Okay, so I’m not sure if the tag #SundaySnuggles is an official twitter/blogosphere hashtag, but on this blog, it’s a celebrated luxury. I was fortunate enough to only work this morning, so after 10am, I had the day off! Usually I would take the opportunity to go to the Sunday Zumba class offered at my gym, but I just couldn’t convince myself to go today. For one thing, I’ve fallen a little out of my class attendance routine, but for another, I really wanted to spend some time doing absolutely nothing. Which I did. And it was MARVELOUS. Even though I’ve been loving my Zumba classes, I decided to spend the afternoon catching up on my reading (finally finished my book!) and snuggling with my dog, Jax, who will eventually be given a formal introduction (aka a dedicated blogpost). But I’m a little out of the blogging rhythm (and just out of practice on writing stuff in general), so I’m moving at a snail’s pace on that one. Perhaps that will be my activity of choice for the next #SundaySnuggles?
“When a door closes, somewhere a window opens.”
It’s true! It’s time to close the door on “Crossing the T,” the blog I started to chronicle my life in Boston. Since I moved out of Boston 9 months ago, I guess it was finally time. I’ve been wanting to get back into the blog world for a while now, but I was feeling completely uninspired by “Crossing the T.” I tried to reimagine it (changing the title/background) so it would be relevant to me now, but there didn’t seem to be anything left in that blog. And not just because I relocated, but also because I feel like I am a different person now than when I started “Crossing the T” three years ago (three years, what?!?!). (Transition to the token “here’s why I called my blog what I called my blog” part of this post.)
With all the feelings of new-person-hood that I briefly mentioned, one of my goals lately has been to take more time for myself/try to consider myself first when making decisions. I don’t know if you all have noticed this about me before, but I have a tendency to take on too much and stress myself out with trying to juggle the help I give others with my own commitments. While I’ve always known this about myself, the understanding that I take on too much too often slapped me in the face at the end of last year when I was working at the kennel on the weekends, babysitting my 6-year-old cousin twice a week, and working with the groomer at the kennel because her pregnancy made it more difficult for her to work with the larger dogs. The combination of my two steady jobs at the time (the kennel and babysitting) had me working 6 days a week, with a lot of the kennel days being double shift days (meaning I worked 7:30am-11:00am and 2:30pm-6:00pm). Adding the extra work to my schedule wasn’t such a heavy load at first, but it got to the point where I was staying at the kennel from 11-2:30 and going in on what should have been my day off to help bathe dogs. Needless to say, I was feeling a little drained when the new year rolled around. And while I absolutely do not regret helping the groomer when she needed it, this just made me realize that I need to consider myself and my commitments more when deciding how much I can help others so I don’t fry my nerves or exhaust myself. (Cue New Year’s resolution)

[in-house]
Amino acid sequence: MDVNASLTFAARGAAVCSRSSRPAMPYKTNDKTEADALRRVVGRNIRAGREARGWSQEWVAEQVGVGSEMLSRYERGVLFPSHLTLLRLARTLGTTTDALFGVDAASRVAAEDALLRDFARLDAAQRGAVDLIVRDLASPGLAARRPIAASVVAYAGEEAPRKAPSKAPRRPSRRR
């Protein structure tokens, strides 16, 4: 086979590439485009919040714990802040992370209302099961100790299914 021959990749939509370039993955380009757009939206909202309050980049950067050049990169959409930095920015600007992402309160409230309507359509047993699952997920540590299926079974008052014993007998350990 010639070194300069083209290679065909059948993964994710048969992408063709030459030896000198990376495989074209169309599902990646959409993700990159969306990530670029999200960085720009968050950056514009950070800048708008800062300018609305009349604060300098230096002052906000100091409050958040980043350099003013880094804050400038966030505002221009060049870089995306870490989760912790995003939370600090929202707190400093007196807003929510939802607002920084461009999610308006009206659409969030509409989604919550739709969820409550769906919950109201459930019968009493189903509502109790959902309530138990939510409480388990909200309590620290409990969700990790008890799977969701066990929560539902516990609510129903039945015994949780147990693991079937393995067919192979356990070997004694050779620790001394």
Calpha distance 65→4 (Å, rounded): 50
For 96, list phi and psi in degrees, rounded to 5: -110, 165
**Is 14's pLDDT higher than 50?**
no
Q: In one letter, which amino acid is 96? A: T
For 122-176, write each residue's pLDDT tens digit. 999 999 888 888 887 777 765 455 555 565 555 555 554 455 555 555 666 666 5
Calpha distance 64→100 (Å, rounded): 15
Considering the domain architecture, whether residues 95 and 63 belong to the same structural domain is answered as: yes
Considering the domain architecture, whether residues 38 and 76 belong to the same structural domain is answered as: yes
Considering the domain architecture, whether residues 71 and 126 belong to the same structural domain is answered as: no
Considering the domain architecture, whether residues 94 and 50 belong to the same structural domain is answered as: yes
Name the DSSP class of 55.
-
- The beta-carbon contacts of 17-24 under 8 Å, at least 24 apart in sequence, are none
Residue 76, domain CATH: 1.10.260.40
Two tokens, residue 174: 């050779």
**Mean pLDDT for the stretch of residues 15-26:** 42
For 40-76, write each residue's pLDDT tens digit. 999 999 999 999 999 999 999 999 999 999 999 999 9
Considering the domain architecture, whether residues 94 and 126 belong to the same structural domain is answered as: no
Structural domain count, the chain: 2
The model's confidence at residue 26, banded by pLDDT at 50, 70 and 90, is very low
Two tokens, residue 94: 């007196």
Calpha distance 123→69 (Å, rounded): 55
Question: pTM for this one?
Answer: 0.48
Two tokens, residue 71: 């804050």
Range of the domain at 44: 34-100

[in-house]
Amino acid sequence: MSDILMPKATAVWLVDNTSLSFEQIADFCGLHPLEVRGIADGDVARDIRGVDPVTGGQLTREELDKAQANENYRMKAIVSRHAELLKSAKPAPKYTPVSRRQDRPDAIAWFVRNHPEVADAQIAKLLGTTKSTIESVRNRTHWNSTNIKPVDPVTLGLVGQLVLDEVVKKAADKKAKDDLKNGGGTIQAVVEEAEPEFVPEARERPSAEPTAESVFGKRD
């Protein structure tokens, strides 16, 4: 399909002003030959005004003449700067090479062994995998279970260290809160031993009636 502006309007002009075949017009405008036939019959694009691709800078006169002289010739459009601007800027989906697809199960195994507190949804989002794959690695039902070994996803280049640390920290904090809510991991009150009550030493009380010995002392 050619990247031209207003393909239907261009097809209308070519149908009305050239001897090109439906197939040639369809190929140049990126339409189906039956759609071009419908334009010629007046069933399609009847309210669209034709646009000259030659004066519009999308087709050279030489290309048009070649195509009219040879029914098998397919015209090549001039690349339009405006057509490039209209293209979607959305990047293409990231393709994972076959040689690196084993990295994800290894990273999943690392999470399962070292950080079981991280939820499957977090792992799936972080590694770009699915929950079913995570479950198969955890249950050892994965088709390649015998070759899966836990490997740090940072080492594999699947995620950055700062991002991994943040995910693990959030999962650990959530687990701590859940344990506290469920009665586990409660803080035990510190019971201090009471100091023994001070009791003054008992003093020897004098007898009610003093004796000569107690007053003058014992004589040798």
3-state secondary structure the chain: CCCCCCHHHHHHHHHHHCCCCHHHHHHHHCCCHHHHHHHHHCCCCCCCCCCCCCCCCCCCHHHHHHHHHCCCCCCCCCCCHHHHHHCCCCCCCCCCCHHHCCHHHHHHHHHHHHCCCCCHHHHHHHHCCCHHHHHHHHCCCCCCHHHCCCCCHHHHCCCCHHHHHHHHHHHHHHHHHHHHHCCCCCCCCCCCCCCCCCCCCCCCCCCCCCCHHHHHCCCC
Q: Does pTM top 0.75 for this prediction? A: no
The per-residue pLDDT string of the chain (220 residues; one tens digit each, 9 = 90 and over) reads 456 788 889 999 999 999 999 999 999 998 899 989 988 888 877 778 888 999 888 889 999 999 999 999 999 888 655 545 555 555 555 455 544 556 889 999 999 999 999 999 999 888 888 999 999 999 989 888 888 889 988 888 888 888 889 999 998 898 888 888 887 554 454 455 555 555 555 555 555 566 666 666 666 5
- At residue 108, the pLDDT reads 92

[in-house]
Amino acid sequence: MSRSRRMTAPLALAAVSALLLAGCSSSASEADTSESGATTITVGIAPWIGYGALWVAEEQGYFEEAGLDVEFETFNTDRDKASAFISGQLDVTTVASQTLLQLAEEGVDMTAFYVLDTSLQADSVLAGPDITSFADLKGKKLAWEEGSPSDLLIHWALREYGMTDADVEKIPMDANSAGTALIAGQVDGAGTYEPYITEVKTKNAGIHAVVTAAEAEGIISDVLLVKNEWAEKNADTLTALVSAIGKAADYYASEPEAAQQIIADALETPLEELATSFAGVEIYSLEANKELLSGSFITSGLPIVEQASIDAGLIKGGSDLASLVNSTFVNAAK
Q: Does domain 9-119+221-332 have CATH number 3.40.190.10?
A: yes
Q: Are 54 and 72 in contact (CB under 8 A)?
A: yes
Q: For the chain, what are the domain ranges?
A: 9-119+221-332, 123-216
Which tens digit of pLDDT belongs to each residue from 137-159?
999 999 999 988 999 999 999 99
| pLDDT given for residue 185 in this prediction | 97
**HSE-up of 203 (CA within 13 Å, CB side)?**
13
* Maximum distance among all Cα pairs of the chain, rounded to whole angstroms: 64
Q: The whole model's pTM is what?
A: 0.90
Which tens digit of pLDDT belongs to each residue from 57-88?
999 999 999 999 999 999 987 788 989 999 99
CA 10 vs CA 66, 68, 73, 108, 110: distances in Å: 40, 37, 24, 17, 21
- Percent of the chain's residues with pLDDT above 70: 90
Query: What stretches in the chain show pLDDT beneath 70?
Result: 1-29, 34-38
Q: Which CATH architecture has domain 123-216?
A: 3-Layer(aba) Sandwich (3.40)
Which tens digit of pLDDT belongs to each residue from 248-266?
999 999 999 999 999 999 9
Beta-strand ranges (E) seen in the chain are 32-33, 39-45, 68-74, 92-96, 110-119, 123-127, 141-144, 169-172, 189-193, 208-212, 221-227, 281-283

As part of this commitment to myself, I have taken up a lot of the things I like to do, but for whatever reason have not had time to pursue to a large extent over the past few years. Most importantly, I have recommitted myself to exercising regularly, through signing up for Best Body Bootcamp (which is awesome! I’ll probably do a post about it soon) and through regular attendance at a few yoga and zumba classes each week. The yoga is actually where the title of this blog comes from. One of the things our yoga instructor talks about regularly is learning to use our breath to make difficult tasks easier–she calls it coming to your breath. For example, when your leg muscles are burning because you’ve been holding a high lunge for 2 minutes, you’re supposed to focus on your breathing and breathe energy into the tight muscles so that the pose becomes easier rather than harder. We are then supposed to take this understanding and translate it into stressful life situations: when you feel stress, just breathe through the tough stuff, refocus, and work through it. For those of you that aren’t familiar with yoga, this may sound like a lot of hooey, and honestly, I sometimes still think some of the things my instructor says sound a little silly. But I also know firsthand how powerful you feel when you get through a yoga class and were rocking all the crazy poses without feeling like you were overexerting or asking too much of yourself. I know there is merit in all I’m learning in my yoga practice because I have noticed myself getting stronger in class. The challenge now is to translate that to all the other aspects of my life.
So yes, I’m closing the door on one part of my life, but I’m now embarking on an exciting and challenging search for the open window, just trying to figure things out one breath (and hopefully blog post) at a time.